Bojana Jovanovski introduces new Serbian tennis generation to the WTA tour

Serbian women’s tennis was flourishing in 2008 with Ana Ivanovic and Jelena Jankovic both reaching the very top echelon of the women’s game. When their names were mentioned in tennis circles, one question arose: “Was Serbian tennis success just a flash in the pan or will the South-Eastern European country continue to provide high-quality players?” I’m here to tell you that Serbia is breeding young tennis players to keep their country on the tennis map for a long time to come, and one player you need to watch in 2011 is 18-year-old Bojana Jovanovski.

Jovanovski is a former fifth-ranked junior and No.3 in Serbia. She started playing on the ITF circuit in 2006. In 2008 she won three ITF titles in Serbia and neighboring countries, finishing the year ranked 561st. She played her first WTA tour qualifying event at the 2009 US Open. In 2010 she started making a name for herself, especially with a Top 20 win against Aravane Rezai in Cincinnati and a Top 10 win against compatriot and former world No.1 Jelena Jankovic at the Premier-level tournament in Beijing.

Even before the two notable wins, Jovanovski stood out in Serbia’s Fed Cup tie against Slovakia in April with her courage, fighting spirit and blistering forehand. Jovanovski was far from intimidated against experienced and higher ranked opponents such as Daniela Hantuchova and Magdalena Rybarikova, even though it was one of her first big exposures, she was fearless and focused, with precise hard shots, she defeated then the world No.53 Rybarikova and attracted much attention to herself.

In 2010, Jovanovski played her first WTA tournament, the Malaysian Open, and her first Grand Slam at Wimbledon. Finishing the season ranked 71st, Jovanovski is currently the youngest player in the top 100.

It is evident that Jovanovski’s 2010 achievements were not just luck, rather the start of her maturing as a successful professional tennis player. The aggressive baseliner boasts a power forehand as her strength, and is looking to improve her movement (ideally to match Jankovic’s golden days.). Moreover, she wants to accumulate match play and gain the necessary experience to be a threat at the very top.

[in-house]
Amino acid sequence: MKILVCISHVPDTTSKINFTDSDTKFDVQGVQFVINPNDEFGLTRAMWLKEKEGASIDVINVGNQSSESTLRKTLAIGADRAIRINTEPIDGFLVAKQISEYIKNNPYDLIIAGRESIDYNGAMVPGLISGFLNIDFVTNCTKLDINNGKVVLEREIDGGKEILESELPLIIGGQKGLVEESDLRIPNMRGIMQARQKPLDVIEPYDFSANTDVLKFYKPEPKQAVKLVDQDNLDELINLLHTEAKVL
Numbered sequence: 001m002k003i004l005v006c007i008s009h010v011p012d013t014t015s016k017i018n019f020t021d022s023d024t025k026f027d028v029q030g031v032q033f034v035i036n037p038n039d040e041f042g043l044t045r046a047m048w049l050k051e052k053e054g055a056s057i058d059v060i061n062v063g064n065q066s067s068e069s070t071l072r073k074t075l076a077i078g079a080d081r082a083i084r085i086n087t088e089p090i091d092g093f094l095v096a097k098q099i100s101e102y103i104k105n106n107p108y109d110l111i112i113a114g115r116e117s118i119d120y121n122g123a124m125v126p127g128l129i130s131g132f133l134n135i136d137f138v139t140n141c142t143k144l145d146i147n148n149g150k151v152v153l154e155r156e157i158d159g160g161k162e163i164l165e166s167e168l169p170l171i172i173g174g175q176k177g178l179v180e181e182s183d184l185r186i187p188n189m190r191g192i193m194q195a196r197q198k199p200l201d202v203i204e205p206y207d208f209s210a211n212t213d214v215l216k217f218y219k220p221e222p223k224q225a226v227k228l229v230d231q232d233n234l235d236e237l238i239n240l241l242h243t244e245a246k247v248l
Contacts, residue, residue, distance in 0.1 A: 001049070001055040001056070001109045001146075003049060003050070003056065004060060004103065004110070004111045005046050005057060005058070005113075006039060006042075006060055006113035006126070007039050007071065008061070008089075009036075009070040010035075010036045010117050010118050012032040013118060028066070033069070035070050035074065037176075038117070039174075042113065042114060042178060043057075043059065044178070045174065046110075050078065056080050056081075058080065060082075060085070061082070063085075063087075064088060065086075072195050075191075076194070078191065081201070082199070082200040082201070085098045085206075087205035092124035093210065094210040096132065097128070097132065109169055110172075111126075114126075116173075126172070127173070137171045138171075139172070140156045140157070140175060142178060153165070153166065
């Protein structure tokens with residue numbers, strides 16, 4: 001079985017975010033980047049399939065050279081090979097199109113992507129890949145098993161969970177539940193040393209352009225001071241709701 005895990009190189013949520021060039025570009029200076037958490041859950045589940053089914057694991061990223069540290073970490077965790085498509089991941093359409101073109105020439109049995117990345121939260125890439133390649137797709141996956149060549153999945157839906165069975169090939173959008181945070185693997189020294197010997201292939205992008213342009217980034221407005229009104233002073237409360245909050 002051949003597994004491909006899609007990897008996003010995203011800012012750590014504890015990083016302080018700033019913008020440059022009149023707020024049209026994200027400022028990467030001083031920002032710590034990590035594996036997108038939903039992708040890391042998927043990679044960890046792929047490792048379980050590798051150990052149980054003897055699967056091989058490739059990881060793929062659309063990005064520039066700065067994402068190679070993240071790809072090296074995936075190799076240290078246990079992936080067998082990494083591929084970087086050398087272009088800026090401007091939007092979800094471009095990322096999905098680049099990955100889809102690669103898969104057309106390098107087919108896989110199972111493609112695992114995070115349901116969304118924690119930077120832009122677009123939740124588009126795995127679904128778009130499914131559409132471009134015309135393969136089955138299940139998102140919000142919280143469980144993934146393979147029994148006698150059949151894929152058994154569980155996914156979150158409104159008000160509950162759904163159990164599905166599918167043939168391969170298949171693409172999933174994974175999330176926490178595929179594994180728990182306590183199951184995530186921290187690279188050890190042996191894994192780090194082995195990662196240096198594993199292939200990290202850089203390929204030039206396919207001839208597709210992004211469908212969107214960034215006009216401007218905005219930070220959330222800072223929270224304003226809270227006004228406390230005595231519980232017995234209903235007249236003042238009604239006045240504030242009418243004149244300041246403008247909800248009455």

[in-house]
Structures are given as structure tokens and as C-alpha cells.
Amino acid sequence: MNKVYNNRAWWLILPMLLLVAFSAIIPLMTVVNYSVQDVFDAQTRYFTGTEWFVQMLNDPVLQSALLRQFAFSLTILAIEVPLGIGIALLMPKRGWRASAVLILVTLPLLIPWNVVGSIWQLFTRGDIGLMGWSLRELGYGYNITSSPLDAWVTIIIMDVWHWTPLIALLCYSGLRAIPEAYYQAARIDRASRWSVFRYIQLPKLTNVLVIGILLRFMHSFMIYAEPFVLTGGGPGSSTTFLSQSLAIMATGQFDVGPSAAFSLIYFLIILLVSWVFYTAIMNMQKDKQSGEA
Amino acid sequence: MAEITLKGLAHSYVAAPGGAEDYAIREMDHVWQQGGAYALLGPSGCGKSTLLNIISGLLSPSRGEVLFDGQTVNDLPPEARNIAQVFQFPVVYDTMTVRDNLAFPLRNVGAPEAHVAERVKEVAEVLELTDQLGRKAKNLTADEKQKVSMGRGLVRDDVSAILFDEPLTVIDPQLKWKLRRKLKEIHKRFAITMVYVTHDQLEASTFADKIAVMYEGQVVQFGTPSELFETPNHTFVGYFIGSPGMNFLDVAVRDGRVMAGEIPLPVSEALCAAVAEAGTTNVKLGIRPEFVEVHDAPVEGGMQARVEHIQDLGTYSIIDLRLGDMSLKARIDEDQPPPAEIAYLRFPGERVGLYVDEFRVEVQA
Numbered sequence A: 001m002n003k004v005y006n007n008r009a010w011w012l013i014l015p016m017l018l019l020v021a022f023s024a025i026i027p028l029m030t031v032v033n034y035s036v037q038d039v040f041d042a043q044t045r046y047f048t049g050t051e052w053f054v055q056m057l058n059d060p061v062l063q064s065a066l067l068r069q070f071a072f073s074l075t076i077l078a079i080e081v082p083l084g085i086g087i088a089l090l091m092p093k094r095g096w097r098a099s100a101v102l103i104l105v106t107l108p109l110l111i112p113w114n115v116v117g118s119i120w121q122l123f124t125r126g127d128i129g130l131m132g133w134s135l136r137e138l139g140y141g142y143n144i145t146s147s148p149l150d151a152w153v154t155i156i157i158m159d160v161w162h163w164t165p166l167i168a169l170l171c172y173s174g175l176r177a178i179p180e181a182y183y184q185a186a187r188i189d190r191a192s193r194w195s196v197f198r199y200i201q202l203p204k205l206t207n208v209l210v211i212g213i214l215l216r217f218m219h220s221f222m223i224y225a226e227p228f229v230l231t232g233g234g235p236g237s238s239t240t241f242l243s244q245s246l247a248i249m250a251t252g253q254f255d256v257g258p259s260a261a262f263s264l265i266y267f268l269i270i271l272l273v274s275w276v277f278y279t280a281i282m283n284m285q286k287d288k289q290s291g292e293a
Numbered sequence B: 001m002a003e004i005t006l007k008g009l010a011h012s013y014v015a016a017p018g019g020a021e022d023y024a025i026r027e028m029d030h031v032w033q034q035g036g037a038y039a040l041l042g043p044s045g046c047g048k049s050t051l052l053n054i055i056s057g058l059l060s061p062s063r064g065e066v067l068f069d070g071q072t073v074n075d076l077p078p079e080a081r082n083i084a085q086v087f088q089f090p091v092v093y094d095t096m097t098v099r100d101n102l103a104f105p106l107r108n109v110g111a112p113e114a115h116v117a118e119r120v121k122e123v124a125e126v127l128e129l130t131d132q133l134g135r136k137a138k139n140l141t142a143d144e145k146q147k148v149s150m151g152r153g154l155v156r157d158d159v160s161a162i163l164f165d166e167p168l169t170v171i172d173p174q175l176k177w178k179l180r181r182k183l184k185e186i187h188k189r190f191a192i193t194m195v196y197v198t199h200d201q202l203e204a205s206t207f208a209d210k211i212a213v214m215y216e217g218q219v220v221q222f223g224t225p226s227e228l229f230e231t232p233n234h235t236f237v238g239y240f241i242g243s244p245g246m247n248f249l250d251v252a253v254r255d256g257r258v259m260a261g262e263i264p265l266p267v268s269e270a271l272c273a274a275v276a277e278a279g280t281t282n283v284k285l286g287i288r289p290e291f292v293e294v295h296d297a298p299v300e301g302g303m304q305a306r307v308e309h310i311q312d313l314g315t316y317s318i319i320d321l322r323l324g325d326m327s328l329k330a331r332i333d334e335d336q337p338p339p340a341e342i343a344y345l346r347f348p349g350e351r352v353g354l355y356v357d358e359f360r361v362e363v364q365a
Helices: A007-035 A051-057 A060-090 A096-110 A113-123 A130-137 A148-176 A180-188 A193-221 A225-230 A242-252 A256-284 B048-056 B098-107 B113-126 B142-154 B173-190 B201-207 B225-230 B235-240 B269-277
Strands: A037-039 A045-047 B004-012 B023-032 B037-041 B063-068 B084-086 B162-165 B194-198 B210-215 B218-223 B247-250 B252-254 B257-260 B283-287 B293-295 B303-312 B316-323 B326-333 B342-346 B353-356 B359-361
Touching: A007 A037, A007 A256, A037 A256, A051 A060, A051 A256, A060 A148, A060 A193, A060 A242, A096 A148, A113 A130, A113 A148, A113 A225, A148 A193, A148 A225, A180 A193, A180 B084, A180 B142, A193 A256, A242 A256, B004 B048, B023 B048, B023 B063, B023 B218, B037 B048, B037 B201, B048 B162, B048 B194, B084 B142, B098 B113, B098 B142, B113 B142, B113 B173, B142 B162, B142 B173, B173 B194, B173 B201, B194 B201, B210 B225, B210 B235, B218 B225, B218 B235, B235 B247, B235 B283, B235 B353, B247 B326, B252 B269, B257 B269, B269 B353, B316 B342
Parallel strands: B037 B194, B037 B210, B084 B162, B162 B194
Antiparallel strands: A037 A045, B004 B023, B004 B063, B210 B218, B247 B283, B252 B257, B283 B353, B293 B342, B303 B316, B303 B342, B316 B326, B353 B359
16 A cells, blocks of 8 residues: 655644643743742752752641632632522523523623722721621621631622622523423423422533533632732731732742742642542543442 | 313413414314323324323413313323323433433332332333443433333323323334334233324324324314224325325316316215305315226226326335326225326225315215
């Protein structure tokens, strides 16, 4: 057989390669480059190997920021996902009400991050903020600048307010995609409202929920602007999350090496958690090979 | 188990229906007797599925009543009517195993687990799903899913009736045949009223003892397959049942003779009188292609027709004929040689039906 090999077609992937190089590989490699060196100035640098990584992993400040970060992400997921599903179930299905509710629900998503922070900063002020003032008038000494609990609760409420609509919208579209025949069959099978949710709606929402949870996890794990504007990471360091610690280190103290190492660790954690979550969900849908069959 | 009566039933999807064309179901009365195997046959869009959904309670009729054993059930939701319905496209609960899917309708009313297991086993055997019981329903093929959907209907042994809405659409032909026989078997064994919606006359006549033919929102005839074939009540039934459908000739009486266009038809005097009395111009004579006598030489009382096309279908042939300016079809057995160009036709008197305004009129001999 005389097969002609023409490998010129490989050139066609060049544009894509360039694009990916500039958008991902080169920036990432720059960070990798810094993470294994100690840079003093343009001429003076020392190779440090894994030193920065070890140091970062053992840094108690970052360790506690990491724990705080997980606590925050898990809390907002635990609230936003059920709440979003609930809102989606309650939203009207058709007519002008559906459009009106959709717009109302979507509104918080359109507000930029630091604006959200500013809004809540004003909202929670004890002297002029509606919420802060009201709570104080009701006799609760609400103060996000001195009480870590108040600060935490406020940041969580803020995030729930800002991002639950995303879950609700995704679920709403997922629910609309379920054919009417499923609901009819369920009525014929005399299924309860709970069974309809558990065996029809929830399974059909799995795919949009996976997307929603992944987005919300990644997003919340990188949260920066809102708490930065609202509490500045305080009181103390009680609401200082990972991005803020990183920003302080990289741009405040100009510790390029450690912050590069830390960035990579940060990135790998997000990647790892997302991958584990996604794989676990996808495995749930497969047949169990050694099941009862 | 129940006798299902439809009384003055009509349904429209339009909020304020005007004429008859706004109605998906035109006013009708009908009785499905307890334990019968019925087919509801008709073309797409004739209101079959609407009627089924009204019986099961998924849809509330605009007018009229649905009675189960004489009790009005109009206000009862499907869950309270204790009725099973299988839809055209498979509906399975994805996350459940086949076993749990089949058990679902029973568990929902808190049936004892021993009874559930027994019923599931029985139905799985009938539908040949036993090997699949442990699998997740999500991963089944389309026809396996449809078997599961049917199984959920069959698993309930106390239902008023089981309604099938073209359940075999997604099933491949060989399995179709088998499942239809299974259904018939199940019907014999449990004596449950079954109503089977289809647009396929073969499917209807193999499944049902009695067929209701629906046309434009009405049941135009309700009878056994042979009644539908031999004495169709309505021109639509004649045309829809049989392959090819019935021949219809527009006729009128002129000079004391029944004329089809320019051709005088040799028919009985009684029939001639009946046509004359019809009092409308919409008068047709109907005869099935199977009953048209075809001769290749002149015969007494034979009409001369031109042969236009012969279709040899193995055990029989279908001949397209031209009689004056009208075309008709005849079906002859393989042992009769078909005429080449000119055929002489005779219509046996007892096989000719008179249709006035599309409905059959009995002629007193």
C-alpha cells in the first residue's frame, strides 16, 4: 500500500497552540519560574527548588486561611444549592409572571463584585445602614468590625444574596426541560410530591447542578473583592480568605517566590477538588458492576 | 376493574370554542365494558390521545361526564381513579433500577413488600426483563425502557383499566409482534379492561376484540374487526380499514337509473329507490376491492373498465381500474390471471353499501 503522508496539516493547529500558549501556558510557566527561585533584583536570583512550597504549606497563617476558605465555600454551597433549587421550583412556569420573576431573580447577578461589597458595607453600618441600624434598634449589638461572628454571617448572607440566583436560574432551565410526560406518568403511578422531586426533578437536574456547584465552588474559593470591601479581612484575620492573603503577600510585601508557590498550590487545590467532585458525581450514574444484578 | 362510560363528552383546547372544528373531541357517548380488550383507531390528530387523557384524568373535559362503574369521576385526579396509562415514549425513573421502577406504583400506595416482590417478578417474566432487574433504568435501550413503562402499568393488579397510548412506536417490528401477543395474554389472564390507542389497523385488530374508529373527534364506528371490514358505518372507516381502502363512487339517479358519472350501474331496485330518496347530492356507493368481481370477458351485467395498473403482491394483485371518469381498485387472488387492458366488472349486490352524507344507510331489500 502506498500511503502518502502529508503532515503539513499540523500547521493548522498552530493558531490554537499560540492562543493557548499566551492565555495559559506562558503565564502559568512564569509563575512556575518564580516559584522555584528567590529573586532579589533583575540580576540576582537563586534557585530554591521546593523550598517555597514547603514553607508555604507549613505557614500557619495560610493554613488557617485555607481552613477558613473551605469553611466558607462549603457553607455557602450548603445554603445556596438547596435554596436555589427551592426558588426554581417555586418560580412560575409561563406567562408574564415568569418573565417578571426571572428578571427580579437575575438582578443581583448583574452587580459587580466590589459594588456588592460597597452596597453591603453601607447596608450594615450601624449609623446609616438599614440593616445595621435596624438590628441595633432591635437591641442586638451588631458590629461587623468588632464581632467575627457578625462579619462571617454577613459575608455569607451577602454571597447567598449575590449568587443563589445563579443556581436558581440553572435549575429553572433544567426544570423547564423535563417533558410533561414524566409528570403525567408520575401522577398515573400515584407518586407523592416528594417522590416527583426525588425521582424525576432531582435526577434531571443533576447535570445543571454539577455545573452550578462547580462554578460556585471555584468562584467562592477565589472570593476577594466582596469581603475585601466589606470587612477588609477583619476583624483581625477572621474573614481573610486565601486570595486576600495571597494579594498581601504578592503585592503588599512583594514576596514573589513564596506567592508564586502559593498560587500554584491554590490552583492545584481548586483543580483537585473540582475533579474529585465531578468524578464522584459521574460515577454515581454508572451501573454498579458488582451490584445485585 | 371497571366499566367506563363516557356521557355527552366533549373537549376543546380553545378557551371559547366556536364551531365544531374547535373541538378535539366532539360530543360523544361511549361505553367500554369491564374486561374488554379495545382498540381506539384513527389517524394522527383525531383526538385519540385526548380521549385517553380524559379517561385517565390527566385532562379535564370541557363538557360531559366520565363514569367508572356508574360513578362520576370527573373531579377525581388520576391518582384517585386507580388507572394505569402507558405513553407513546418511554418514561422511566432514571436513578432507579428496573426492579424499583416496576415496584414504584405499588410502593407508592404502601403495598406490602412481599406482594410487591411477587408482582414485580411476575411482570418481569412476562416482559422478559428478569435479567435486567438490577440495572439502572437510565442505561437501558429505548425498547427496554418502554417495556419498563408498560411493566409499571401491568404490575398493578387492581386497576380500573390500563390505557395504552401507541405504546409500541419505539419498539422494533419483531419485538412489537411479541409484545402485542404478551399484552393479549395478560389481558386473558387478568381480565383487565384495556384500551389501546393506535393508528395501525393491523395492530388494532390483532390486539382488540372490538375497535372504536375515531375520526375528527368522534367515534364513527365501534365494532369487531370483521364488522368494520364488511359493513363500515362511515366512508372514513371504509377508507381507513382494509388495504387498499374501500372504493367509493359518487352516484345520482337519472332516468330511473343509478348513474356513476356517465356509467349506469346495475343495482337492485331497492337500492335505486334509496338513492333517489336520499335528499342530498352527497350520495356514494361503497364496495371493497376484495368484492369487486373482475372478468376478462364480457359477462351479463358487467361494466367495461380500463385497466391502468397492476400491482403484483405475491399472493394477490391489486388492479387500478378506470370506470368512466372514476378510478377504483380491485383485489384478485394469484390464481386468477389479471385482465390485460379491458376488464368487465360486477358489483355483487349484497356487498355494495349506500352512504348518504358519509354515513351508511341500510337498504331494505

The Belgrade-born Jovanovski has just started her assault on the WTA tour, and I’m glad to have had the opportunity to draw more attention to this player to watch from Serbia.

The Contemporary Sport of Tennis

5  helpful tips that will make you far more consistent.

1. get a consistent striking point

Employ your footwork and get contact waist high on the ball nearly every instance. You have got access to considerably more power and dominance when the ball is hip high. Side to side movements are relatively easy, the terrific athletes like Del Potro and Murray run nicely forward and backward and get their point of contact is stomach high as much as possible.

2. get into your stance early

How soon? Make an effort to get your feet arranged and your racquet back right before the ball touches the ground. This is the most convenient way in which to  advance your tennis without altering your groundstrokes. Beyond any doubt this is not very easy however if you achieve a conscious attempt to get prepped earlier on every single ball your level will increase seriously.

3. swing fast
Stroking slow will not be the route to be steady or the approach to win matches. Swinging quickly on every single shot is less risky than you suppose. As a result of racket and string engineering the game of tennis has elevated in speed and power over the past 10 years. To be consistent with this speed escalation the top tennis players have formulated strokes that acquire significantly more topspin to still have the ball in.

4. aim tall above the net

By swinging huge with topspin you have the potential to aim tall over the net and continue to be aggressive. In Nadal’s 1st match at the United States Open his median ball heighth over the net was 42 in. That’s about 78 inches off the court! The years when coaches instructed to play 5 – 12 inches over the net to hit thru the court are over. Go out and hit a tall, hard topspin shot that will spin above your contender’s strike zone. Aim for 3 to 5 ft over the net and swing BIG like Nadal.

5. bring the target within the lines

Give oneself a good three ft. margin from the sidelines. Aiming for the lines is a great {way|method|means|approach|strategy|tactic” to lose a point. Giving yourself some space. Get out there and literally work with this, create lines in chalk on the court parallel to the sidelines. You’ll be able to see that hitting 3 feet inside the sidelines you can still play big and pull your rival off the court.

The five ideas are tennis fundamentals. Tennis consistency does not necessarily suggest be a tennis pusher and wait around for your competition to die. Tennis consistency means to play big but safe and watch and wait for your adversary to give a short ball and finish the ball. Get out and really concentrate on these five principles for 20 mins a day you certainly will be shocked at just how much your game improves.

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